A couple of days ago, if you’d told me that Tories at Oxford in the 80s were being bullied for supporting Margaret Thatcher, I’d have raised an eyebrow to say the least. That was until I read this;
“Miss Wyatt,” said the don, Harry Pitt (now deceased), “please translate the first paragraph.” I stumbled over it. A small man with a face like cake batter, Pitt was big on bile.
“Do Thatcherites refuse to learn French or are they just stupid?” he demanded. The other undergraduates giggled. Tears pricked the back of my eyes. “I suggest you take some basic French lessons in your spare time – that is, if you’re not too busy socialising,” Pitt snarled.
I am intuitively sceptical about the OUCA’s claim that they are in need of equal opportunities protection. I’ve seen first hand the tendency of right-wing students to say awful, bigoted things reminiscent of some dreadful Mail article, and then express horror when the response is intensely negative, and it’s important to be sure that this isn’t what’s going on at Oxford. (Incidentally, I’ve also watched, first hand, drunken Conservative students chant “we pay your benefits” at passers-by – being nice is a two-way thing.)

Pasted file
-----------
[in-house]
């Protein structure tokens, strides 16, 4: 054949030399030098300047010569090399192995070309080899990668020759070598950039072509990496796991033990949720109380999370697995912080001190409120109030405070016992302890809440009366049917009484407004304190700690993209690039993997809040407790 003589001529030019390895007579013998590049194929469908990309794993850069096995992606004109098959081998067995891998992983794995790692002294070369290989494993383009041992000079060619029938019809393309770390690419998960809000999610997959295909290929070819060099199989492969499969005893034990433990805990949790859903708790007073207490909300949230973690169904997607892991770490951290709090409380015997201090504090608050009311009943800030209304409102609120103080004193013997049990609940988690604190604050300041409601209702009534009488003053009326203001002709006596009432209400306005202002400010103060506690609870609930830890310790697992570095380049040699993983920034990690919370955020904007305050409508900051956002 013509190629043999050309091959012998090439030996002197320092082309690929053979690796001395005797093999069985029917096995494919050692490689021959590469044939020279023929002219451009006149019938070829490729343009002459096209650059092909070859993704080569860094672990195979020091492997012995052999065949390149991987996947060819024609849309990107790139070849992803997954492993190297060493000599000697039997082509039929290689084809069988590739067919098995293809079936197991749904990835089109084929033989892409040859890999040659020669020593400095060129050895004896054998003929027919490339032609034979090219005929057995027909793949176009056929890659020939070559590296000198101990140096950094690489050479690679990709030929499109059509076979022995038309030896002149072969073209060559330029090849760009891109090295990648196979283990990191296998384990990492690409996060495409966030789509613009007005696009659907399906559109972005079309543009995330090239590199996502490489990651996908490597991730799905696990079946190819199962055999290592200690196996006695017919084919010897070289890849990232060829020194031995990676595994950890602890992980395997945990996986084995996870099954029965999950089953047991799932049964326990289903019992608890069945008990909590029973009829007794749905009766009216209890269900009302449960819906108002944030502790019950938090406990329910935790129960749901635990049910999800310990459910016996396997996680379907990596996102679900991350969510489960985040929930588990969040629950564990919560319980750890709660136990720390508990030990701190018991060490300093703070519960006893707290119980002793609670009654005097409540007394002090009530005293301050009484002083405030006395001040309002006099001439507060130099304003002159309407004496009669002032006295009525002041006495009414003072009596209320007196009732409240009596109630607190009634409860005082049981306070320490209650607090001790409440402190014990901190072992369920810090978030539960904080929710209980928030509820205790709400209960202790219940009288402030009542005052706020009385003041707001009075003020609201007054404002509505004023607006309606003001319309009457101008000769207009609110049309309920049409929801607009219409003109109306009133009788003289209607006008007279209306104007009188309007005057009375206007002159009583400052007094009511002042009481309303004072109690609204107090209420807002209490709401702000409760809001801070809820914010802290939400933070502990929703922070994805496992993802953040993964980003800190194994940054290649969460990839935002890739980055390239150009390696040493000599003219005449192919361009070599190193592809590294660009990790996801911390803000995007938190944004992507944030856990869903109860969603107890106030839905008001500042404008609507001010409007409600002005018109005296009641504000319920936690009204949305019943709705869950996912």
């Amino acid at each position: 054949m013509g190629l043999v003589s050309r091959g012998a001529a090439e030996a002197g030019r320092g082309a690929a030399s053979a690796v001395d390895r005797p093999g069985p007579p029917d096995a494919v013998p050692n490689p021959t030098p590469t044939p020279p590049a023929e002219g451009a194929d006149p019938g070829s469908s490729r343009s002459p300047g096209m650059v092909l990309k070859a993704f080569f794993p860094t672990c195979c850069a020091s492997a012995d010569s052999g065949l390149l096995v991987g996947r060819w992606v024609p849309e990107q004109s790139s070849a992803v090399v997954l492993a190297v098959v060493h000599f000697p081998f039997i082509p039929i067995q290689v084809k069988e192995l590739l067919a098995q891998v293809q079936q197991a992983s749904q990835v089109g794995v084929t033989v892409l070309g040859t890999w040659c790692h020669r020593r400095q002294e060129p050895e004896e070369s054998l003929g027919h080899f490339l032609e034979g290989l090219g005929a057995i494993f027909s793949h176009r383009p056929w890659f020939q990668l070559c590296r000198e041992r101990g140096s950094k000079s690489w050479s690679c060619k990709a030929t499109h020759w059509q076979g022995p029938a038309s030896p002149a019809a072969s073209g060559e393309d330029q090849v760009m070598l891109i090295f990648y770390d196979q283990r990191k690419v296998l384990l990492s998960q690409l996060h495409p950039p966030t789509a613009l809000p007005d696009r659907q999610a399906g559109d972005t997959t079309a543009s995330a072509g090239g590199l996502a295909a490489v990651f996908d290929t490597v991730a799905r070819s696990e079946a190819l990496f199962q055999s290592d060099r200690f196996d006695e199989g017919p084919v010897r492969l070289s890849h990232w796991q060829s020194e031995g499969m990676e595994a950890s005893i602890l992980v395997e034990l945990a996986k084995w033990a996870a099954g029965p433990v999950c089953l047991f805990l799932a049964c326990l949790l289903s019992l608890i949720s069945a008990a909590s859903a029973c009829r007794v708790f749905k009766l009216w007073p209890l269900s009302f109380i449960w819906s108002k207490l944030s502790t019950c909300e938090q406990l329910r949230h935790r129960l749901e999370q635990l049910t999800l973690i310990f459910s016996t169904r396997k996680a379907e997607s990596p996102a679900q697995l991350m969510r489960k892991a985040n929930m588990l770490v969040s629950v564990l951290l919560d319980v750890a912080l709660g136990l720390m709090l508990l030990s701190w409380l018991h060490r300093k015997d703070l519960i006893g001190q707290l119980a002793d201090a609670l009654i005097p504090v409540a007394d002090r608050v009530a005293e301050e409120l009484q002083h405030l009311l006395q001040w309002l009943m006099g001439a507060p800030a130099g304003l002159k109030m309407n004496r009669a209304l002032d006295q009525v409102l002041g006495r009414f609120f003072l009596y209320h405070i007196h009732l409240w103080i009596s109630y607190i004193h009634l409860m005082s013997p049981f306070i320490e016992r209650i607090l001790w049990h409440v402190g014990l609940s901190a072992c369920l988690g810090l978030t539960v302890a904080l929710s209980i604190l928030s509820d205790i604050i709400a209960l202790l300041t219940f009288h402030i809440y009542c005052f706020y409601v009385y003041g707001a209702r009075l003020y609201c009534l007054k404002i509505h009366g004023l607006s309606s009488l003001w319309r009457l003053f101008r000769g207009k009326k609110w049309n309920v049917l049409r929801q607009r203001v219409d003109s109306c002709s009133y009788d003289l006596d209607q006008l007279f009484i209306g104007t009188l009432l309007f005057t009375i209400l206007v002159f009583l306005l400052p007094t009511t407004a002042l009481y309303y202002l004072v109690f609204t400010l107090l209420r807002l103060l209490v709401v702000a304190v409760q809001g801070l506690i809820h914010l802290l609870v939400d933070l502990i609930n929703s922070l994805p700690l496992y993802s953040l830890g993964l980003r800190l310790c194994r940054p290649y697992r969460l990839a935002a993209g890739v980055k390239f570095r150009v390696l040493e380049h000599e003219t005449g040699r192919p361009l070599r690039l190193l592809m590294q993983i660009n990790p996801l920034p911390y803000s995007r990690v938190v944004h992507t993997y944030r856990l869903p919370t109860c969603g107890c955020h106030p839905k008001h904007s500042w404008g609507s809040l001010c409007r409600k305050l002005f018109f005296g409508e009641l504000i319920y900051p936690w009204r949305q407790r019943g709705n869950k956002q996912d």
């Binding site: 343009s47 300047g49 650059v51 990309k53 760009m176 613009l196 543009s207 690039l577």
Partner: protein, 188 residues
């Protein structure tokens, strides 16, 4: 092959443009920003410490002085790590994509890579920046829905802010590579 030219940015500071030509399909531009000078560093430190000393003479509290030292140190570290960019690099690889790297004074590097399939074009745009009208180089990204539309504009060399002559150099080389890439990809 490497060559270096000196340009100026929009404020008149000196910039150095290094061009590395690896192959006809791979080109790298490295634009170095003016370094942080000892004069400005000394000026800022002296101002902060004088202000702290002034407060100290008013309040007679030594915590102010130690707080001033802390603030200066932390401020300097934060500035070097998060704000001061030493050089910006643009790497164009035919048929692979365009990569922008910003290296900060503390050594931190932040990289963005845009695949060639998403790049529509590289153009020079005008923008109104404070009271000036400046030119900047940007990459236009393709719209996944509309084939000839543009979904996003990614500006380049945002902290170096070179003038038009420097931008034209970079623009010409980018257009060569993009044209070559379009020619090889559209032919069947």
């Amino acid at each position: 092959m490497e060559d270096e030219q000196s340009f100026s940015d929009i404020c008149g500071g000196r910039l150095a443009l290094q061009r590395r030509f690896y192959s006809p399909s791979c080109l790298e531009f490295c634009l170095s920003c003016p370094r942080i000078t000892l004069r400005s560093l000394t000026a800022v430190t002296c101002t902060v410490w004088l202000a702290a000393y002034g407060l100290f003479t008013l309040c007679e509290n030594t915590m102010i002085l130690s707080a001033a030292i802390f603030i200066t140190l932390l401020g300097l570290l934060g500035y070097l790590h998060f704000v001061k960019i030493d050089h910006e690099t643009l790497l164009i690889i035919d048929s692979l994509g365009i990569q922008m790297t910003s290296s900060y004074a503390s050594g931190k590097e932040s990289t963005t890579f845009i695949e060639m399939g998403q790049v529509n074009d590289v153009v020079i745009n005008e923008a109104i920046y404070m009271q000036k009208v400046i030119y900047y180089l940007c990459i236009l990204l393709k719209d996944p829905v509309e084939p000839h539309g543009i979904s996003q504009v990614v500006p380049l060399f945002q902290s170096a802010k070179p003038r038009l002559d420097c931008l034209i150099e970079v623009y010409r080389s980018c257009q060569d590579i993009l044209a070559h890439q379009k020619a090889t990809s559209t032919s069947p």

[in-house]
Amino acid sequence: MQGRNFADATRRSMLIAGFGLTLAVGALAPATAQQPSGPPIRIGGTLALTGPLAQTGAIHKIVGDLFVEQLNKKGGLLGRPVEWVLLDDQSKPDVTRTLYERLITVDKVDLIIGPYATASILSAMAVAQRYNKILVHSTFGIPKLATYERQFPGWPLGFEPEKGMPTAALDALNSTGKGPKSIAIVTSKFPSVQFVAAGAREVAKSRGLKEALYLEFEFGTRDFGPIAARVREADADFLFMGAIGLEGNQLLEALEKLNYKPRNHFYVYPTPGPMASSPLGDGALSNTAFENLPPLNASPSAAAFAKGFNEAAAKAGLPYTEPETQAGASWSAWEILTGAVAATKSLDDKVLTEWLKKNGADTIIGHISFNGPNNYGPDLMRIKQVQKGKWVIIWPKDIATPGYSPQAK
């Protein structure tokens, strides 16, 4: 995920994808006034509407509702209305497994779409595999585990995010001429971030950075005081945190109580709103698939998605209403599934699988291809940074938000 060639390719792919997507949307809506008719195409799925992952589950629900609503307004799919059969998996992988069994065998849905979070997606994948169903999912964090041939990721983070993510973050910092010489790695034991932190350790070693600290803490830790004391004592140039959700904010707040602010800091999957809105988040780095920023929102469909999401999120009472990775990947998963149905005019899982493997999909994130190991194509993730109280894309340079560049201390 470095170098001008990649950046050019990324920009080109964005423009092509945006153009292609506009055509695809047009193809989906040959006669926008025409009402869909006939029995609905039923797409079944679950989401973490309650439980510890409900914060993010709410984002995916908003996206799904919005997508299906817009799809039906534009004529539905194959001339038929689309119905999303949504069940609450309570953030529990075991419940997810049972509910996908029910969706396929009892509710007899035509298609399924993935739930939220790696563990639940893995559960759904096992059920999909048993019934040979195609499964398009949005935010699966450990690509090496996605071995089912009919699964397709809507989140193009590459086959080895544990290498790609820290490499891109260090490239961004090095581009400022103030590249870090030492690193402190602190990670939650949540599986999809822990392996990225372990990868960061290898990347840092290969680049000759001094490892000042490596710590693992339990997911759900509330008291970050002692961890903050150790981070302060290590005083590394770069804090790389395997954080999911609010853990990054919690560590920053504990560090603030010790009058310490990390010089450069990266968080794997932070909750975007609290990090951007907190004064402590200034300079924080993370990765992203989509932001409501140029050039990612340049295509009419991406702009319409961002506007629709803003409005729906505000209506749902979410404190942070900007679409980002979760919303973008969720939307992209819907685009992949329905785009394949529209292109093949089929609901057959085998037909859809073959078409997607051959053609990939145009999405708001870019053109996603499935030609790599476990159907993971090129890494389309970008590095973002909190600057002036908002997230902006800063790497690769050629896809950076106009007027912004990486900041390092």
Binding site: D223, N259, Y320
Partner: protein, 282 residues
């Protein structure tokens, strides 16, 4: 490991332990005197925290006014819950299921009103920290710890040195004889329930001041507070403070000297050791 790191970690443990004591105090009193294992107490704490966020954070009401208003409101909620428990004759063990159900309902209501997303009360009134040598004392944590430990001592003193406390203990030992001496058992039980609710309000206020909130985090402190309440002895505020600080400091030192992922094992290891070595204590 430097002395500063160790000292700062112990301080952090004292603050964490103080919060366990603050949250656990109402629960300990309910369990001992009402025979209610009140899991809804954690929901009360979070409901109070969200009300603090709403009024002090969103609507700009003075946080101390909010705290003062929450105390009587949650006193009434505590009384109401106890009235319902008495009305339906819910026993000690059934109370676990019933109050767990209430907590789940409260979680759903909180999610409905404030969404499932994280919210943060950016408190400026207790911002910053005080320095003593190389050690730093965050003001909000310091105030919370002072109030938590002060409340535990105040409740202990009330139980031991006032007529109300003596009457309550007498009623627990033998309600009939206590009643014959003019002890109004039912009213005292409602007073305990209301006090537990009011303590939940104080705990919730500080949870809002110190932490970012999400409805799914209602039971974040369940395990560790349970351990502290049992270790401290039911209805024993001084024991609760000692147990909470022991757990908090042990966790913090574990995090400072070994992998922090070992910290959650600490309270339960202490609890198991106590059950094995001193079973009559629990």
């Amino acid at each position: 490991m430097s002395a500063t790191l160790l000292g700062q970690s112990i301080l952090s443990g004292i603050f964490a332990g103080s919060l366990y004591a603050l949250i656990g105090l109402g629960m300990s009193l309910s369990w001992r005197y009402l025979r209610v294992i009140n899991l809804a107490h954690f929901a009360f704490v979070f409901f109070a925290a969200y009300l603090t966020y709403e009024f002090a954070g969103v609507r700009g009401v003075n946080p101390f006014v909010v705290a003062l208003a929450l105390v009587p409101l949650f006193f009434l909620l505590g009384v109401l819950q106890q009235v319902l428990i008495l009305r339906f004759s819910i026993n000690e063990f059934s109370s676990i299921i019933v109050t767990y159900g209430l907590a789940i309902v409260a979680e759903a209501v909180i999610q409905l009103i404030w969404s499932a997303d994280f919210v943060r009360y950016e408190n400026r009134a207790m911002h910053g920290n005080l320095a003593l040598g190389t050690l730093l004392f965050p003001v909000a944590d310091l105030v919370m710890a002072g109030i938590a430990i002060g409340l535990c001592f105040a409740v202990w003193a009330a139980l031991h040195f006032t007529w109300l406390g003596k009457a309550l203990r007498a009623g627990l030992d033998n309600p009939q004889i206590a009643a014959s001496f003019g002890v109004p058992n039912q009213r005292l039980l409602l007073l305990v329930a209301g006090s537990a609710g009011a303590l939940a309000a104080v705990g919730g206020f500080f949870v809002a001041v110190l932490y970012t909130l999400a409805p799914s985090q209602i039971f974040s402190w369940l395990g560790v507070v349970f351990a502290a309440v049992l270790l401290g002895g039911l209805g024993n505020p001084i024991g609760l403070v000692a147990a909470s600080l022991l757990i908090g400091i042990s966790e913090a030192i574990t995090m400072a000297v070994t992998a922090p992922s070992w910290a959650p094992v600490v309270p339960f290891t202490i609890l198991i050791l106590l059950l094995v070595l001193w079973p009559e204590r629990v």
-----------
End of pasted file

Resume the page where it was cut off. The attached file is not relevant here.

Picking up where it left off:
That said, it would be a sad day if simply being an 18 year old Tory merits “personal attacks”, and Wyatt’s case in particular includes clear examples of unacceptable levels of victimisation and bullying.
It’s worth consideration.